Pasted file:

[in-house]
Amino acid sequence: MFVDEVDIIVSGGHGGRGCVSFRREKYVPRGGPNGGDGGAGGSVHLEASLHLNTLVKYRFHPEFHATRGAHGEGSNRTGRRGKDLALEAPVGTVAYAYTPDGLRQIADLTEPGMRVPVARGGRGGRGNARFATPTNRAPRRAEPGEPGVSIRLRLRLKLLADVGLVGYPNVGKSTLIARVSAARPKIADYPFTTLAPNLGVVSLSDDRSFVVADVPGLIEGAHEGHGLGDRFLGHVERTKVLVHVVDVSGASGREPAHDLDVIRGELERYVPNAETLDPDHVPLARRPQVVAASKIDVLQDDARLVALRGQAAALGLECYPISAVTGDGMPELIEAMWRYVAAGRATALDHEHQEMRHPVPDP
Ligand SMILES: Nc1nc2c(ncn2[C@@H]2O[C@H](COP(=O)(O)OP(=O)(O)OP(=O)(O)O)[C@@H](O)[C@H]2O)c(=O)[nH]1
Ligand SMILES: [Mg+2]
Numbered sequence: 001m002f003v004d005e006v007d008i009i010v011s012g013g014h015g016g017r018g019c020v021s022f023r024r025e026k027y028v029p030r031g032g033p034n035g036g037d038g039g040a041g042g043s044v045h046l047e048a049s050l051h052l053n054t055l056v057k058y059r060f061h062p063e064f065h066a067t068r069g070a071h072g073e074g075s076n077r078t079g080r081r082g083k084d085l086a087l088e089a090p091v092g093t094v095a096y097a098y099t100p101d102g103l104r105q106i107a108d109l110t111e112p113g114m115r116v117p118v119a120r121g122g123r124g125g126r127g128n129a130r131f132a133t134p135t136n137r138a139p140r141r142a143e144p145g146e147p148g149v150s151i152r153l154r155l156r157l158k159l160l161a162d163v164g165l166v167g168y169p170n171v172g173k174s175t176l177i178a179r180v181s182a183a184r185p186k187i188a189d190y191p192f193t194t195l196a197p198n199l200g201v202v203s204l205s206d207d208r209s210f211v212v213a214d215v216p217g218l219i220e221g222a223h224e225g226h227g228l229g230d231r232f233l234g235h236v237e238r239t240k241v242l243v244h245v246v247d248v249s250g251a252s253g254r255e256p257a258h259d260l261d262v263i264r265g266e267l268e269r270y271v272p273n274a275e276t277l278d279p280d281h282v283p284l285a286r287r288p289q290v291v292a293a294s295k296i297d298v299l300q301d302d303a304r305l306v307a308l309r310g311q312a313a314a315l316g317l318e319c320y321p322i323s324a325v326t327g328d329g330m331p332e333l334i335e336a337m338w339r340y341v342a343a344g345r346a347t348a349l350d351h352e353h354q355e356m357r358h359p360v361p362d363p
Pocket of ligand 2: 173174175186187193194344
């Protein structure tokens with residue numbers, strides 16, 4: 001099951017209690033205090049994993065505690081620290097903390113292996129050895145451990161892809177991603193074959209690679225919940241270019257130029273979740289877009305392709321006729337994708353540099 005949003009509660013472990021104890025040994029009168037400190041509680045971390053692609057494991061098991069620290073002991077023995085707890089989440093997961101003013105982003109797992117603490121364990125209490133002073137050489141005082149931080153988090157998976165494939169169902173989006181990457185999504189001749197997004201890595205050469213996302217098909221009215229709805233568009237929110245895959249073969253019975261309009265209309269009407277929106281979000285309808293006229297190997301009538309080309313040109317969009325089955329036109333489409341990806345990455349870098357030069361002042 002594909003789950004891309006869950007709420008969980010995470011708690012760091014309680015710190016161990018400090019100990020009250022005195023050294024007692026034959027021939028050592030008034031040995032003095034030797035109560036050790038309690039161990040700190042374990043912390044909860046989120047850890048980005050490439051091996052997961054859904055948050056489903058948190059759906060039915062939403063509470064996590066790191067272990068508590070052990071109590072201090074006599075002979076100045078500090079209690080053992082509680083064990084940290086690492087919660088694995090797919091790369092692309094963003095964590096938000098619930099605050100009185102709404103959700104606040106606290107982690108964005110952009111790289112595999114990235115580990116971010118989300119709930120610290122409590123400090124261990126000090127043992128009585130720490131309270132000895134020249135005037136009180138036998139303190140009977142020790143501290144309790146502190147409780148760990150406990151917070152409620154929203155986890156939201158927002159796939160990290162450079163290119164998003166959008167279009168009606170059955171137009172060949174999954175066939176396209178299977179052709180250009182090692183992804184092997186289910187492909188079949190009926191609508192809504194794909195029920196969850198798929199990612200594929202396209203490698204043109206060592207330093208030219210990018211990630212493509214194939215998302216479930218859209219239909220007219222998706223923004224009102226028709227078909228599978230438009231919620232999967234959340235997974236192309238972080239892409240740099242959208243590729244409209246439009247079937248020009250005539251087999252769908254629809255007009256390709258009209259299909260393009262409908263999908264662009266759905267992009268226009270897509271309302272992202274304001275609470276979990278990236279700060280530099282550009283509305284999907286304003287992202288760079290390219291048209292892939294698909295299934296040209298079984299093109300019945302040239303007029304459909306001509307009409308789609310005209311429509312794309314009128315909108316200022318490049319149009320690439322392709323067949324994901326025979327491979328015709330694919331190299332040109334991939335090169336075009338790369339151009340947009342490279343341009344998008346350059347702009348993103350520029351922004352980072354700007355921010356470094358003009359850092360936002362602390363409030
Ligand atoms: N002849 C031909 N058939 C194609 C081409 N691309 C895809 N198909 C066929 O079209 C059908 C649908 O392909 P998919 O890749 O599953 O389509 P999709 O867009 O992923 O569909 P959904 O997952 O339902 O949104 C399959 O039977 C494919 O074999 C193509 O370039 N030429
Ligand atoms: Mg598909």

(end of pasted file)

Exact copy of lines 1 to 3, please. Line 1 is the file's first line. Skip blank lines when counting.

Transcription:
[in-house]
Amino acid sequence: MFVDEVDIIVSGGHGGRGCVSFRREKYVPRGGPNGGDGGAGGSVHLEASLHLNTLVKYRFHPEFHATRGAHGEGSNRTGRRGKDLALEAPVGTVAYAYTPDGLRQIADLTEPGMRVPVARGGRGGRGNARFATPTNRAPRRAEPGEPGVSIRLRLRLKLLADVGLVGYPNVGKSTLIARVSAARPKIADYPFTTLAPNLGVVSLSDDRSFVVADVPGLIEGAHEGHGLGDRFLGHVERTKVLVHVVDVSGASGREPAHDLDVIRGELERYVPNAETLDPDHVPLARRPQVVAASKIDVLQDDARLVALRGQAAALGLECYPISAVTGDGMPELIEAMWRYVAAGRATALDHEHQEMRHPVPDP
Ligand SMILES: Nc1nc2c(ncn2[C@@H]2O[C@H](COP(=O)(O)OP(=O)(O)OP(=O)(O)O)[C@@H](O)[C@H]2O)c(=O)[nH]1